Increased international travel and an influx of immigrants and asylum seekers to the UK are fuelling a rise in hepatitis B cases.
The DoH estimates that the number of cases in the UK has risen from 523 in 1992 to 180,000 in 2005.
If this trend is to be stopped, the UK needs to follow the lead of other developed countries and introduce hepatitis B into the childhood immunisation programme as soon as possible, Dr Howard Barnes, a HPA consultant in public health medicine.
He told delegates at the BMA’s annual conference on Public Health and Community Health in London last week: ‘Hepatitis B is a major public health problem, with 350 million carriers of the virus worldwide.
‘All countries where there is a prevalence of hepatitis B should incorporate it into their vaccination programme.’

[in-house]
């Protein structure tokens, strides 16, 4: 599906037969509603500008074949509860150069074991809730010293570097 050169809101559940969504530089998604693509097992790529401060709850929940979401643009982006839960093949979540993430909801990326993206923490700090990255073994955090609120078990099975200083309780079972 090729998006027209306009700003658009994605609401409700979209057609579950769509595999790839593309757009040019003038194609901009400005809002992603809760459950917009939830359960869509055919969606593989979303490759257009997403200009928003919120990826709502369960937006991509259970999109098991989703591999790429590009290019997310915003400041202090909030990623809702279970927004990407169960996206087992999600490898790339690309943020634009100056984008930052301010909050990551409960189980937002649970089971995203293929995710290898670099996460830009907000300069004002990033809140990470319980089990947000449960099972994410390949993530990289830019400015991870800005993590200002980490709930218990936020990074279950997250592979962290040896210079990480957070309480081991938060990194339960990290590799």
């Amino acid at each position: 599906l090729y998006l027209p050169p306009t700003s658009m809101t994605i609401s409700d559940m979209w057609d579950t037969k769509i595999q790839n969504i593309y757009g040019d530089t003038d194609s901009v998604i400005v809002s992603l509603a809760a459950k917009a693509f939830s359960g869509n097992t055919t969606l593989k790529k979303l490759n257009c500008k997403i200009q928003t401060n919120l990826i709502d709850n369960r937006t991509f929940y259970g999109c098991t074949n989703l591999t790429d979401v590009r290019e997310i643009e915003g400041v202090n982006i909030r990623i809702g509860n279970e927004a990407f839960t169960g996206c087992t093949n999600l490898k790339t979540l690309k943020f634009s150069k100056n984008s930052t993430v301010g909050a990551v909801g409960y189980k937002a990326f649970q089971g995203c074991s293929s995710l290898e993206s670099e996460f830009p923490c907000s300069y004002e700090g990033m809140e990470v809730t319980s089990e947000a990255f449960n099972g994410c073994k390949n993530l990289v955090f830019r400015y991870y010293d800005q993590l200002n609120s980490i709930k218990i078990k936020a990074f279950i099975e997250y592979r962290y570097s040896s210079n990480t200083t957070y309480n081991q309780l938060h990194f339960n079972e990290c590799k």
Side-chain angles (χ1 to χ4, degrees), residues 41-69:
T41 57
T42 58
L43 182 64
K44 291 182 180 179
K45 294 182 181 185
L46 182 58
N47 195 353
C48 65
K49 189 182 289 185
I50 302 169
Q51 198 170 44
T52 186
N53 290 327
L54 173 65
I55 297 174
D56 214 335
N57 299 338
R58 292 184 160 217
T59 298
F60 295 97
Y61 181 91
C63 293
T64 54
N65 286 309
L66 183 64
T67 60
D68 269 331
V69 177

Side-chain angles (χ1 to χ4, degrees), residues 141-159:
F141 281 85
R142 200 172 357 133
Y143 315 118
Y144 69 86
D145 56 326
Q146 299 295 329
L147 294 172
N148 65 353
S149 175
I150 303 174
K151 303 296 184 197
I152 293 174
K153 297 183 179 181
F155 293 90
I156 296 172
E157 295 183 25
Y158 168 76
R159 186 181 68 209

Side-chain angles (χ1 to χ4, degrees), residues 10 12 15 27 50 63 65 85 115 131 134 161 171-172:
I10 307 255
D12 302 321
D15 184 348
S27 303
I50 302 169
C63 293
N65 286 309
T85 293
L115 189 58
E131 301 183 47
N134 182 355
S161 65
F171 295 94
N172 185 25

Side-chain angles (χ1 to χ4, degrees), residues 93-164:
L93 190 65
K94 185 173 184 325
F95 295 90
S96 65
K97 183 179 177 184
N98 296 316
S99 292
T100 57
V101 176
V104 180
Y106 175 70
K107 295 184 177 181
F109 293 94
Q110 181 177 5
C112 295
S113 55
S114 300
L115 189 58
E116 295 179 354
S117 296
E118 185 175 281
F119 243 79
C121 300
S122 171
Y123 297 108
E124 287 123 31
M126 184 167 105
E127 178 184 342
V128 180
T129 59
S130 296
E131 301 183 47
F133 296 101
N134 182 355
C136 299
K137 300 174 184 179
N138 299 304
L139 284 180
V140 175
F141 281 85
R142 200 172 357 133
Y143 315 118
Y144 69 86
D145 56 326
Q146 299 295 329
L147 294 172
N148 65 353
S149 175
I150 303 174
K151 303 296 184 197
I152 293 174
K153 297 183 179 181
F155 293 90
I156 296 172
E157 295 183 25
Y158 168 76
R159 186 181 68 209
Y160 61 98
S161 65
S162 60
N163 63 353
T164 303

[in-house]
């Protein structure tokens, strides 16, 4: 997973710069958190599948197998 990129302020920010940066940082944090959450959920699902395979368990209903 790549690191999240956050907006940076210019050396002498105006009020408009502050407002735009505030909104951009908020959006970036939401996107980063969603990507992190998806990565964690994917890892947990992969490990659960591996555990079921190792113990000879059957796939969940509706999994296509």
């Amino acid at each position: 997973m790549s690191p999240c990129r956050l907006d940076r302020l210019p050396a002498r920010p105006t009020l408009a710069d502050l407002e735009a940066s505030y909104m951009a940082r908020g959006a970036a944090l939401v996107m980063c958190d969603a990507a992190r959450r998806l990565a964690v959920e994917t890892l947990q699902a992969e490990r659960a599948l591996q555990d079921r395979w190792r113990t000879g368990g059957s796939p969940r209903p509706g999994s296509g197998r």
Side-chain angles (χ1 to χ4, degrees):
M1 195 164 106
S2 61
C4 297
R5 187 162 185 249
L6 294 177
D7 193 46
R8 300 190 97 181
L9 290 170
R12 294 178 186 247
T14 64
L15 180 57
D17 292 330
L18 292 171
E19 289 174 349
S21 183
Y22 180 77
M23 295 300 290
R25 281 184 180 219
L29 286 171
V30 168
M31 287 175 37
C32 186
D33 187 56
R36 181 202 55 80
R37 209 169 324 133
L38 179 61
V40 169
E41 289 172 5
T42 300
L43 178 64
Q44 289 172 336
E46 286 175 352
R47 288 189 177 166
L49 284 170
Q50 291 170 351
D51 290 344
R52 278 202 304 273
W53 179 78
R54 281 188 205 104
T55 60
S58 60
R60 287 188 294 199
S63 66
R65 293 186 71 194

Currently, only babies born to hepatitis B carriers and those in high-risk groups are immunised.
Dr Barnes said the cost of the vaccine was the problem.
‘It costs £11 per dose, which is over double the £5 per dose needed for cost-effectiveness,’ he said. But there was scope to negotiate on the price, he added.
Berkshire GP and RCGP immunisation spokesman Dr George Kassianos backed calls to introduce the hepatitis B vaccine into the immunisation programme: ‘The UK signed an agreement in the early 1990s to introduce hepatitis B vaccination by 1997. It is 10 years since the deadline passed.’
The DoH was unavailable for comment.